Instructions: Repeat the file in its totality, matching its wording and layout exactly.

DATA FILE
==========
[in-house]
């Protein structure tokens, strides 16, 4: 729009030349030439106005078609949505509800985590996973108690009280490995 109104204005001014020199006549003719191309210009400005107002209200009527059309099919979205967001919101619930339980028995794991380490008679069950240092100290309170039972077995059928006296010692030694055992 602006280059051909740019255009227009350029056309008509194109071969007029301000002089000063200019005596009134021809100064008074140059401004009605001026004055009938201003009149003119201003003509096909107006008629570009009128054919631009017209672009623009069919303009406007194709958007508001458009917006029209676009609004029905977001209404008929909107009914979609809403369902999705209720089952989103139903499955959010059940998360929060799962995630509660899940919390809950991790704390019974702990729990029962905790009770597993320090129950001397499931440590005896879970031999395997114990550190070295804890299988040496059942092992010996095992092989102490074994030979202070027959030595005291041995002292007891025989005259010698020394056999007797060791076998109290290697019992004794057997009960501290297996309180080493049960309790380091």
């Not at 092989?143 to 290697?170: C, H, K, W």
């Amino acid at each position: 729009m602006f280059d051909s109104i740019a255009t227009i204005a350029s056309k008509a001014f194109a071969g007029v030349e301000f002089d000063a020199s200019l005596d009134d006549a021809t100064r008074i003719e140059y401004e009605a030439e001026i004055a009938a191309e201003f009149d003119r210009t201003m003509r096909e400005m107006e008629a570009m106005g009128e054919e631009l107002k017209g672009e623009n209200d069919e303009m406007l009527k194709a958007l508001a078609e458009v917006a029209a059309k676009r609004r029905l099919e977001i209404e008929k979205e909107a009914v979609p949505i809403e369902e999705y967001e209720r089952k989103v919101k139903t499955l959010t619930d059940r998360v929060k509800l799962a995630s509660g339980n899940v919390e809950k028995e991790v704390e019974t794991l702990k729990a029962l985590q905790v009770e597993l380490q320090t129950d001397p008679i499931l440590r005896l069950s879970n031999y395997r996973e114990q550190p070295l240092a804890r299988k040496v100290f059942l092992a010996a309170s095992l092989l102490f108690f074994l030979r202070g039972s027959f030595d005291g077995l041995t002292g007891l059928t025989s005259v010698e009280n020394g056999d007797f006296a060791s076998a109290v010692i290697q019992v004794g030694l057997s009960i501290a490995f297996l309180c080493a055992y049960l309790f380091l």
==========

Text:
[in-house]
């Protein structure tokens, strides 16, 4: 729009030349030439106005078609949505509800985590996973108690009280490995 109104204005001014020199006549003719191309210009400005107002209200009527059309099919979205967001919101619930339980028995794991380490008679069950240092100290309170039972077995059928006296010692030694055992 602006280059051909740019255009227009350029056309008509194109071969007029301000002089000063200019005596009134021809100064008074140059401004009605001026004055009938201003009149003119201003003509096909107006008629570009009128054919631009017209672009623009069919303009406007194709958007508001458009917006029209676009609004029905977001209404008929909107009914979609809403369902999705209720089952989103139903499955959010059940998360929060799962995630509660899940919390809950991790704390019974702990729990029962905790009770597993320090129950001397499931440590005896879970031999395997114990550190070295804890299988040496059942092992010996095992092989102490074994030979202070027959030595005291041995002292007891025989005259010698020394056999007797060791076998109290290697019992004794057997009960501290297996309180080493049960309790380091």
């Not at 092989?143 to 290697?170: C, H, K, W």
């Amino acid at each position: 729009m602006f280059d051909s109104i740019a255009t227009i204005a350029s056309k008509a001014f194109a071969g007029v030349e301000f002089d000063a020199s200019l005596d009134d006549a021809t100064r008074i003719e140059y401004e009605a030439e001026i004055a009938a191309e201003f009149d003119r210009t201003m003509r096909e400005m107006e008629a570009m106005g009128e054919e631009l107002k017209g672009e623009n209200d069919e303009m406007l009527k194709a958007l508001a078609e458009v917006a029209a059309k676009r609004r029905l099919e977001i209404e008929k979205e909107a009914v979609p949505i809403e369902e999705y967001e209720r089952k989103v919101k139903t499955l959010t619930d059940r998360v929060k509800l799962a995630s509660g339980n899940v919390e809950k028995e991790v704390e019974t794991l702990k729990a029962l985590q905790v009770e597993l380490q320090t129950d001397p008679i499931l440590r005896l069950s879970n031999y395997r996973e114990q550190p070295l240092a804890r299988k040496v100290f059942l092992a010996a309170s095992l092989l102490f108690f074994l030979r202070g039972s027959f030595d005291g077995l041995t002292g007891l059928t025989s005259v010698e009280n020394g056999d007797f006296a060791s076998a109290v010692i290697q019992v004794g030694l057997s009960i501290a490995f297996l309180c080493a055992y049960l309790f380091l």